Jobs for people who like to work alone aren't always easy to spot. But here are a few career choices for introverts that might just get you moving in the right direction:
Writing is also a classic option for introspective people that want to work alone. It can enable you to articulate your thoughts and express yourself in a way that might be impossible for you through verbal communication. Writing can help you sort through all of the feelings and information in your head, so that you can see yourself and the world around you more clearly. Plus, writing well is a skill that is always in high demand.
Other possible careers in this category include architecture, video game development, and even the performing arts. Yes, as strange as it sounds, something like acting can be a good fit for some introverts because it's about getting deep into character and being somebody else while on stage or in front of the camera.
There is something about computer technology that pulls many introverts in like a magnet. And if you like to solve problems, then software development, electronics engineering, and computer programming could be suitable options for your introverted personality.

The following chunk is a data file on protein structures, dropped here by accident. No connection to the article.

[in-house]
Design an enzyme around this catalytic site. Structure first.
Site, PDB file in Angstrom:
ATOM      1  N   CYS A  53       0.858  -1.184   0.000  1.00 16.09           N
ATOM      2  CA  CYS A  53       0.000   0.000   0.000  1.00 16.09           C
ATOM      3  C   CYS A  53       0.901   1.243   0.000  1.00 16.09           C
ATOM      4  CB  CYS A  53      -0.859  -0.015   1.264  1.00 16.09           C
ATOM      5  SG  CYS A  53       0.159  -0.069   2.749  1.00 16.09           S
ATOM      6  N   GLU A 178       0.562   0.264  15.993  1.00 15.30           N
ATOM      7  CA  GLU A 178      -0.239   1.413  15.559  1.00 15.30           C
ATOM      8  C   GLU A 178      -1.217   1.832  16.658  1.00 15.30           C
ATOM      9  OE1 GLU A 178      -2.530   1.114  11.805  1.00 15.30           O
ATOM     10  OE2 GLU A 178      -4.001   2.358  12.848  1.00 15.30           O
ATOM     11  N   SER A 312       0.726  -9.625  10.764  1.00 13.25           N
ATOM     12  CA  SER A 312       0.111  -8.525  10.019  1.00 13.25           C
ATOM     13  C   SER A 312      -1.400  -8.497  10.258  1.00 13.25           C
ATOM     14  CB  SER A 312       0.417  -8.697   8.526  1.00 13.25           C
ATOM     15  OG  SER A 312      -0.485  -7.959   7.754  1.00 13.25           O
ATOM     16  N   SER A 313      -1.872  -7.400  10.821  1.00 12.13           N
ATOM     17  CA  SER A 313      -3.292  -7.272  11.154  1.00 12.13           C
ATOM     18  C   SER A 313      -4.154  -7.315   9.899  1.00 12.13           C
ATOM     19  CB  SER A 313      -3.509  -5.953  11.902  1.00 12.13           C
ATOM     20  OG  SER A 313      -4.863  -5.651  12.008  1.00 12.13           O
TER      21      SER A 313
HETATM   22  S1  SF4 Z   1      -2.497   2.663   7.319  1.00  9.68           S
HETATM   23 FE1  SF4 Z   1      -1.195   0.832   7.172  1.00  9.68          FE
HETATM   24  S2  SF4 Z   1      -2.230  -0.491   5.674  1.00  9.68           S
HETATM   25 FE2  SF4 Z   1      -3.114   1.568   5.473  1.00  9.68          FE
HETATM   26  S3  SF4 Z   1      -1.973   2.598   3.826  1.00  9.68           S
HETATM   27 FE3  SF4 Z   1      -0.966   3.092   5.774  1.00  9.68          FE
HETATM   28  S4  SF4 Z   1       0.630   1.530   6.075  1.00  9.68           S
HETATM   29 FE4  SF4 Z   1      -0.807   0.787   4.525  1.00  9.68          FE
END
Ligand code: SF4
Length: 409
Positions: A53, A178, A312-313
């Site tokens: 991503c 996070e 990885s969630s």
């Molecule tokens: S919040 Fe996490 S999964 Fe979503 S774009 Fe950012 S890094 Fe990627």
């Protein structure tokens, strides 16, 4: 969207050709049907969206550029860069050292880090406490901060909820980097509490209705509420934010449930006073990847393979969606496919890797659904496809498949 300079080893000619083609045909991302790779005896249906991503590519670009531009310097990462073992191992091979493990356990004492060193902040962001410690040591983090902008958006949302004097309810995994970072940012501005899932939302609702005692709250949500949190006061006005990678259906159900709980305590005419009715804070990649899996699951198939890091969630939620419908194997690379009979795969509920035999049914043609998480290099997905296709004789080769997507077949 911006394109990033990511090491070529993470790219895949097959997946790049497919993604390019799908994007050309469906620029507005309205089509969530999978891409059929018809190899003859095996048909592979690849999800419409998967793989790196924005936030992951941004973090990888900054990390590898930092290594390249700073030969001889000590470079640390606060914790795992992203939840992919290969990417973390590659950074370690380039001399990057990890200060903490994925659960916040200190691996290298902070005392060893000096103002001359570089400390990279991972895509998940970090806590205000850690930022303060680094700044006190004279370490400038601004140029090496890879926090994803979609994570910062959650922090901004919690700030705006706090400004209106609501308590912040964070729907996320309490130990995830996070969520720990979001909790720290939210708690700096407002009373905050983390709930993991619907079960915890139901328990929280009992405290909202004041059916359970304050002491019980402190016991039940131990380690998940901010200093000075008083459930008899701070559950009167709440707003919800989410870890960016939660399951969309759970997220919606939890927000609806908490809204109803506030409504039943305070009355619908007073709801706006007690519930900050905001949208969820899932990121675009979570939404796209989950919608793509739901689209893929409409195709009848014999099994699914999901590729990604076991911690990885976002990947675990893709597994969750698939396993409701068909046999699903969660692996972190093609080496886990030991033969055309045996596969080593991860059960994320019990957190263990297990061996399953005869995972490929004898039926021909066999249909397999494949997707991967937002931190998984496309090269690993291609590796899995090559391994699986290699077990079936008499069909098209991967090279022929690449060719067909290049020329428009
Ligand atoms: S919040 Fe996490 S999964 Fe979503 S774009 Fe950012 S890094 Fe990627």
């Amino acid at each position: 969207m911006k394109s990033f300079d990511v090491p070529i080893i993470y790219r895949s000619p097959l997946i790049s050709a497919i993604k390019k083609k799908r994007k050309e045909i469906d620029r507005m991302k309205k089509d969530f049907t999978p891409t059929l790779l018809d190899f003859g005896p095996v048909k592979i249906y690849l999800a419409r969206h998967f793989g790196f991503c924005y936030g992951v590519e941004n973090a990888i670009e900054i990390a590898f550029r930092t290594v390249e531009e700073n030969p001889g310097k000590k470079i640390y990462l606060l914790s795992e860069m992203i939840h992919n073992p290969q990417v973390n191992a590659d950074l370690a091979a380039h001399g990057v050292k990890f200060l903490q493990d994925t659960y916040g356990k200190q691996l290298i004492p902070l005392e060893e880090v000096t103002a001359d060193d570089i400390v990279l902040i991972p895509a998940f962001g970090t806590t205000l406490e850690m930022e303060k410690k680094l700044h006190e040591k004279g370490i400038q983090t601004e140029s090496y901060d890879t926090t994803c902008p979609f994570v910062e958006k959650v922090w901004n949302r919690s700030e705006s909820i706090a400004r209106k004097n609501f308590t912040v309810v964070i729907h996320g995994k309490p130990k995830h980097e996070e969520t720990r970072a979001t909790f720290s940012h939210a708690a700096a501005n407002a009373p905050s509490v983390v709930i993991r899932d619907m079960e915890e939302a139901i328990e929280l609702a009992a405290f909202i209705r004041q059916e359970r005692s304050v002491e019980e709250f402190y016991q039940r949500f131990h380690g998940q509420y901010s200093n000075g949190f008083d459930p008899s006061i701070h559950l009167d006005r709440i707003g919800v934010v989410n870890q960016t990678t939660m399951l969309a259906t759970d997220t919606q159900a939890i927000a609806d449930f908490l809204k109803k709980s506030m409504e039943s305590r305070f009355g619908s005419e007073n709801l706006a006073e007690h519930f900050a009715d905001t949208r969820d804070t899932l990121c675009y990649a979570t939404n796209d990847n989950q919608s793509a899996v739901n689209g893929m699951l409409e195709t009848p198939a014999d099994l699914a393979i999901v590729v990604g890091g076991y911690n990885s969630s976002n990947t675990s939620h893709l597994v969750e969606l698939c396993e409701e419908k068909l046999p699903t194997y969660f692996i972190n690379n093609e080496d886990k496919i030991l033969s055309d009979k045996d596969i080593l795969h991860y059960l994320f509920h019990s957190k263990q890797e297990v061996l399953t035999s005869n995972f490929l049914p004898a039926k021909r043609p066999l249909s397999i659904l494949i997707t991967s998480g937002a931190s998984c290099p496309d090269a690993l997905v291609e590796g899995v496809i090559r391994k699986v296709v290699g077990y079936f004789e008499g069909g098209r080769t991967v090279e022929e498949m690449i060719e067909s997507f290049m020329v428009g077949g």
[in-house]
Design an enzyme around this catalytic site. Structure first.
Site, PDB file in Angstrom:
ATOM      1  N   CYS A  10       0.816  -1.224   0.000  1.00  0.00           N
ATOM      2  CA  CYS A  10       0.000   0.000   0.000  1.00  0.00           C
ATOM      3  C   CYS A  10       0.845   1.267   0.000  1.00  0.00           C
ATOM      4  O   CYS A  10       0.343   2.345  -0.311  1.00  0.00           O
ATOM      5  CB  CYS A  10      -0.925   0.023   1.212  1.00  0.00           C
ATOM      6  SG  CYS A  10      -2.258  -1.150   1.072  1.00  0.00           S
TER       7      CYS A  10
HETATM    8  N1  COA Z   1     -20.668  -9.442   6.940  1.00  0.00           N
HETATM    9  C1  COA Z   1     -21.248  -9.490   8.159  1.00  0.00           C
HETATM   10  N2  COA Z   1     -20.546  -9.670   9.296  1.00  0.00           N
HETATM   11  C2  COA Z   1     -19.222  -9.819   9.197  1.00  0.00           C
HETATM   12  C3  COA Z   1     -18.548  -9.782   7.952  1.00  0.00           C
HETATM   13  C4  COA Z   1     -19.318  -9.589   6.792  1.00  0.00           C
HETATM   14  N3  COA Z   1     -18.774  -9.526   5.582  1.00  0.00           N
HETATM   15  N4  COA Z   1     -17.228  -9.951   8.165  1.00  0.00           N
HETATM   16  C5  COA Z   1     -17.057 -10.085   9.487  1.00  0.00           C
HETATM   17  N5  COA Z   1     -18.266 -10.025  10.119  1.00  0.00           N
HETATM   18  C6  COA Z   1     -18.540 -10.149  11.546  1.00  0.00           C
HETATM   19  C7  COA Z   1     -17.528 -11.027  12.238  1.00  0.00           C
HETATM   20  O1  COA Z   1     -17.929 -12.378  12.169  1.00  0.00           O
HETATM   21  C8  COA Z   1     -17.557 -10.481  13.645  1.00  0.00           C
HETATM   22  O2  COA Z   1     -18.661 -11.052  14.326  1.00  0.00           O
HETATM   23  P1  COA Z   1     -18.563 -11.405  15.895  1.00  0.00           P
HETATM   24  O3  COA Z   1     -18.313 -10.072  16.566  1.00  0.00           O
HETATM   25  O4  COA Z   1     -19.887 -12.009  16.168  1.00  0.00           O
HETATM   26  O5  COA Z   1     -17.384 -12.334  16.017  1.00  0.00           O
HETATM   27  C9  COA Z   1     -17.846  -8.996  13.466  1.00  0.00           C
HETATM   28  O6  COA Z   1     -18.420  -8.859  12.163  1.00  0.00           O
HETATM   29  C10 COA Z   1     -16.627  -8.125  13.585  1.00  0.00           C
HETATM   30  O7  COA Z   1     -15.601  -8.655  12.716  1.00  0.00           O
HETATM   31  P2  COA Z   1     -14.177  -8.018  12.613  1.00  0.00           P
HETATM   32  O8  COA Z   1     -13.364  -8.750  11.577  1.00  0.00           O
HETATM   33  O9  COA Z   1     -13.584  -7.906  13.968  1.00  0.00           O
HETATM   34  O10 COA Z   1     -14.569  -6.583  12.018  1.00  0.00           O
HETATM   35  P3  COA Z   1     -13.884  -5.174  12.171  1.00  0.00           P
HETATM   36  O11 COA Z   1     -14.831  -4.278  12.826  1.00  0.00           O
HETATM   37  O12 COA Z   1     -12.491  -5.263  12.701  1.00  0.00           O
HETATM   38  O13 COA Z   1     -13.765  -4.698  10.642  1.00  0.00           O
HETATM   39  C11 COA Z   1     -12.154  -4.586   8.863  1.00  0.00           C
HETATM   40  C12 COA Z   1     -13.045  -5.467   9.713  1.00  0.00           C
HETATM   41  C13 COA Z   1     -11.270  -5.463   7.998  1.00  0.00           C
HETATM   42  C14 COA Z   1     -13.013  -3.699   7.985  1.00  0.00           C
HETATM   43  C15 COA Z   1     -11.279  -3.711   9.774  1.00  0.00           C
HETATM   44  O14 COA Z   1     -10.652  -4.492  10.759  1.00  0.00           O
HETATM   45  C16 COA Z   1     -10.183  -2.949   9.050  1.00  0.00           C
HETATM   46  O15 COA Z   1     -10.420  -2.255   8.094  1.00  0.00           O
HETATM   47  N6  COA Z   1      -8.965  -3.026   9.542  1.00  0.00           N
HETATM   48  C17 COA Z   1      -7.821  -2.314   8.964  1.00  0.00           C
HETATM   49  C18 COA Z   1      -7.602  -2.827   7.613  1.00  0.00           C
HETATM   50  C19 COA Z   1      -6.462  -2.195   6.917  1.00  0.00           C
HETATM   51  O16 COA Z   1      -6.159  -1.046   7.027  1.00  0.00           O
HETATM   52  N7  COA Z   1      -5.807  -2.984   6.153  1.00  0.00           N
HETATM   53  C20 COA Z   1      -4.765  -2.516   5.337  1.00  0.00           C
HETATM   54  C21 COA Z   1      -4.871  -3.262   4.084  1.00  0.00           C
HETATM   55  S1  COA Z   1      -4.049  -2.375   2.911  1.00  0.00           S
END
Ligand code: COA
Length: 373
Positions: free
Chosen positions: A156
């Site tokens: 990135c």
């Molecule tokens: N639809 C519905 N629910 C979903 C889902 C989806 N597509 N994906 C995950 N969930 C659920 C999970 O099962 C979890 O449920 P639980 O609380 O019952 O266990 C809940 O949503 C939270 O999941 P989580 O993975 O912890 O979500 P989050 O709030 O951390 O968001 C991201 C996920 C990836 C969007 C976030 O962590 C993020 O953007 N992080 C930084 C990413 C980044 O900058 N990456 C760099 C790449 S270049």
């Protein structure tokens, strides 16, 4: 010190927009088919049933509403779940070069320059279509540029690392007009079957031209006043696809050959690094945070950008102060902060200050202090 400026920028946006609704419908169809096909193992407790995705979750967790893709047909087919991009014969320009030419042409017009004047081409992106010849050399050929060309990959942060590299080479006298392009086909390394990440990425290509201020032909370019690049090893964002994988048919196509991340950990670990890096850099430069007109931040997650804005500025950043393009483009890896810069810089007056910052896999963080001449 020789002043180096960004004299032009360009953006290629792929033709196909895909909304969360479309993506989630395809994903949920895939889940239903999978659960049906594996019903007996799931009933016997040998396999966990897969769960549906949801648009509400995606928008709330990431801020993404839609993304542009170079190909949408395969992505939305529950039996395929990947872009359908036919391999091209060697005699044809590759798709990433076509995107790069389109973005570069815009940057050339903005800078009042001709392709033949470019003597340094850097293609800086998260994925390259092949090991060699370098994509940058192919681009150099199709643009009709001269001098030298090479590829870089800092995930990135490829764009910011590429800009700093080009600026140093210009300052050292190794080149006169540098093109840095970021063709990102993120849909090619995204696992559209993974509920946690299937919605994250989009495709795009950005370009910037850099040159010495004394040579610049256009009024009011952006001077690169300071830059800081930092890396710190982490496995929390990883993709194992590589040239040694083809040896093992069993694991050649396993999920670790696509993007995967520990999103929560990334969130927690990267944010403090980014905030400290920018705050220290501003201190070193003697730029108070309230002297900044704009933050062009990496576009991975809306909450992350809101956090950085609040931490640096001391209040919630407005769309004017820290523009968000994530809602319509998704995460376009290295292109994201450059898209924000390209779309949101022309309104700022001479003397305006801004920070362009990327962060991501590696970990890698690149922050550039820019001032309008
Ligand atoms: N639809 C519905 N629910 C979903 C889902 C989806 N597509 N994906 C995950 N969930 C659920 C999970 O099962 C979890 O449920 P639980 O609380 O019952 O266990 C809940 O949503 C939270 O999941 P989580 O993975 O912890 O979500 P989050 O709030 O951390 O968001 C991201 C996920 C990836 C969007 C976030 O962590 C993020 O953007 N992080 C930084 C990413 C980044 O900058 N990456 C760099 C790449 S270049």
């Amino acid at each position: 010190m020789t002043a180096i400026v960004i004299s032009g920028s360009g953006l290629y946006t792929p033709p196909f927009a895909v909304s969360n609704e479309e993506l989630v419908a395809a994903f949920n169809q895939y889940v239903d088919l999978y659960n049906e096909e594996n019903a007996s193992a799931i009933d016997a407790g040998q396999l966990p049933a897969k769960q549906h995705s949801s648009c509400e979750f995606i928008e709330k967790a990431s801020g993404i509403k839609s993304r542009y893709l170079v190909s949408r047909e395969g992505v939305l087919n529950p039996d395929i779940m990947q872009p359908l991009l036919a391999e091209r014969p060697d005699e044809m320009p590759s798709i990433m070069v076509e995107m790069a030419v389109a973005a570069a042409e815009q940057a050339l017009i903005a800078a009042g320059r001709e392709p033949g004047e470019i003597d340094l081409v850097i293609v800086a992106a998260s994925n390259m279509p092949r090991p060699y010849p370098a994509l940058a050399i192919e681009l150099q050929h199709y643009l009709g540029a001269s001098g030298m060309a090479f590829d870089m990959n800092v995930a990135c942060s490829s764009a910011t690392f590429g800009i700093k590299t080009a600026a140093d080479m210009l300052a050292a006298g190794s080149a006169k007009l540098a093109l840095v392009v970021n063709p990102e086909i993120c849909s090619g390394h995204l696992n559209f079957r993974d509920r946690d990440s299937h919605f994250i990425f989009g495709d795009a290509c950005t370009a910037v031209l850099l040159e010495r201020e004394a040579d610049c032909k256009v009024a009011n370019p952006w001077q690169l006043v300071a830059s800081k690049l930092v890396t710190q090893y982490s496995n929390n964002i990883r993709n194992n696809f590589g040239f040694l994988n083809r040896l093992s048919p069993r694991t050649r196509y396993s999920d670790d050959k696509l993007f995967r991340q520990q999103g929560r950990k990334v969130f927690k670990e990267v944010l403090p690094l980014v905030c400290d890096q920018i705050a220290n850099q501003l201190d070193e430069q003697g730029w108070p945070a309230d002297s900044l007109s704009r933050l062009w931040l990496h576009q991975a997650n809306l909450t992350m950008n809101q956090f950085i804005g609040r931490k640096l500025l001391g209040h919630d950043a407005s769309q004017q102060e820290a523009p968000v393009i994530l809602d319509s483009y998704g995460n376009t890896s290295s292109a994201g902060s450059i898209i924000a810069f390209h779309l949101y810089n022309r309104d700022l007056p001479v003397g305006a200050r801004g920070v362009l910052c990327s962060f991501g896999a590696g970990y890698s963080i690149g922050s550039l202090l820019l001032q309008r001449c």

For introverts with a love for technology and a bit of a creative flair, web design and web development both offer intriguing opportunities to express yourself without needing a lot of interaction.
While many careers in health care require a lot of contact with people, there are a number of options in the field, however, that don't involve so much personal contact.
For instance, medical transcription is a good bet if you would like to work from home. Or, if you would prefer something a little more hands-on yet still behind-the-scenes, then you might consider a career as a medical laboratory technician.
If you would prefer to take care of animals instead, there are many great options here, but some of the best include occupations like veterinary medicine and veterinary assistance.
The business world is vast, and offers plenty of opportunities for solo work. In fact, a number of careers in the business field can even allow people to work from home.